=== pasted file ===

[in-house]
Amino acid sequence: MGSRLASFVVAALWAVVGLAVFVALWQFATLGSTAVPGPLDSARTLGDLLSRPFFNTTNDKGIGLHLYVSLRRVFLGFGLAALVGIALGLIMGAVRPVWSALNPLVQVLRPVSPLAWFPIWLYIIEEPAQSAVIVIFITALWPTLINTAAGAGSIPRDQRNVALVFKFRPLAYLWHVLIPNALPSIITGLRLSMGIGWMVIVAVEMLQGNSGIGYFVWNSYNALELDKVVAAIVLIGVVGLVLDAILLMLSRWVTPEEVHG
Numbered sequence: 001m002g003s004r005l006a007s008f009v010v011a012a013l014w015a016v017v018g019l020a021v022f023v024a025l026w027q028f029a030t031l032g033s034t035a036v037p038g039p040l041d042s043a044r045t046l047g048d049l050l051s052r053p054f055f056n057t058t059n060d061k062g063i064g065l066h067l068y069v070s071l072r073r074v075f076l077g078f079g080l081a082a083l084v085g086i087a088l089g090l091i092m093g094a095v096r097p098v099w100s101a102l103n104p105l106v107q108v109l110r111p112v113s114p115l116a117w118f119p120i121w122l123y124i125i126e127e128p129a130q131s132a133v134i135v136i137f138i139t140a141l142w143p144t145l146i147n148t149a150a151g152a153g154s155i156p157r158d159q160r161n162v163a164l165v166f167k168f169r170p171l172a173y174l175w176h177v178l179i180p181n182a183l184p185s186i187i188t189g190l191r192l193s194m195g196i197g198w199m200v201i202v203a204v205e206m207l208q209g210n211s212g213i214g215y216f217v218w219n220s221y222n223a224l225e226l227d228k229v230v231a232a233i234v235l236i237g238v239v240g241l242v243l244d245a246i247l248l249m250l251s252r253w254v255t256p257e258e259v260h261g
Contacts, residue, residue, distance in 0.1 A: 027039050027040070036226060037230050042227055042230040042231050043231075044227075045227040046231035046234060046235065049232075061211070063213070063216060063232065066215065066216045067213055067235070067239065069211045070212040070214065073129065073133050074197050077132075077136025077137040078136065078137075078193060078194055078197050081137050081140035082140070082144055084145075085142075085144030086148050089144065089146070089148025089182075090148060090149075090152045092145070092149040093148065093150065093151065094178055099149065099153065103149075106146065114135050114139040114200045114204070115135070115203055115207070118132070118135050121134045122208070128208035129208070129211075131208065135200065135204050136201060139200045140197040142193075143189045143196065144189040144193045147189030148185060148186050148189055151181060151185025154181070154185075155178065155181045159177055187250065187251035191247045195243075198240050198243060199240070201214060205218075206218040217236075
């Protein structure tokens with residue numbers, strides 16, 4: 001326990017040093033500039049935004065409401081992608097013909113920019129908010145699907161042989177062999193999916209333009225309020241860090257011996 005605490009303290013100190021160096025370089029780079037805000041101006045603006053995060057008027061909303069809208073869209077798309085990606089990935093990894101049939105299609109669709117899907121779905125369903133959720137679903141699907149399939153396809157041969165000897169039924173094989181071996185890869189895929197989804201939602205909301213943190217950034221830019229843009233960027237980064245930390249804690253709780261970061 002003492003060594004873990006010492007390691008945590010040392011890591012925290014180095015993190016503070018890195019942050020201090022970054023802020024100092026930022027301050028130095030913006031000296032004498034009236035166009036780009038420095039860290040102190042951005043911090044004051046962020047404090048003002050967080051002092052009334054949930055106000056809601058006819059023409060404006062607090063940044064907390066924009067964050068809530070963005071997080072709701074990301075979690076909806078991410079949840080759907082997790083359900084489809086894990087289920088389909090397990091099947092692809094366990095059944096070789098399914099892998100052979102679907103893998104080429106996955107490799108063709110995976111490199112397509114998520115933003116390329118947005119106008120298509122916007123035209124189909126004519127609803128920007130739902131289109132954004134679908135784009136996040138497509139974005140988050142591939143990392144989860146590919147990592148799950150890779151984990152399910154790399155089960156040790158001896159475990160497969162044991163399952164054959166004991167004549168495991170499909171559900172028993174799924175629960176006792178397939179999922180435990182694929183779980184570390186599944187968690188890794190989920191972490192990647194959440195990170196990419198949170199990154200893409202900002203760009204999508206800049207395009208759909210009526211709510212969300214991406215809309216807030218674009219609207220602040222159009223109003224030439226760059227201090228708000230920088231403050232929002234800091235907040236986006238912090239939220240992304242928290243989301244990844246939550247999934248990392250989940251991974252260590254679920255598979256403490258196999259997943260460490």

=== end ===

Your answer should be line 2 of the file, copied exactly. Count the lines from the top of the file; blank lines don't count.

Amino acid sequence: MGSRLASFVVAALWAVVGLAVFVALWQFATLGSTAVPGPLDSARTLGDLLSRPFFNTTNDKGIGLHLYVSLRRVFLGFGLAALVGIALGLIMGAVRPVWSALNPLVQVLRPVSPLAWFPIWLYIIEEPAQSAVIVIFITALWPTLINTAAGAGSIPRDQRNVALVFKFRPLAYLWHVLIPNALPSIITGLRLSMGIGWMVIVAVEMLQGNSGIGYFVWNSYNALELDKVVAAIVLIGVVGLVLDAILLMLSRWVTPEEVHG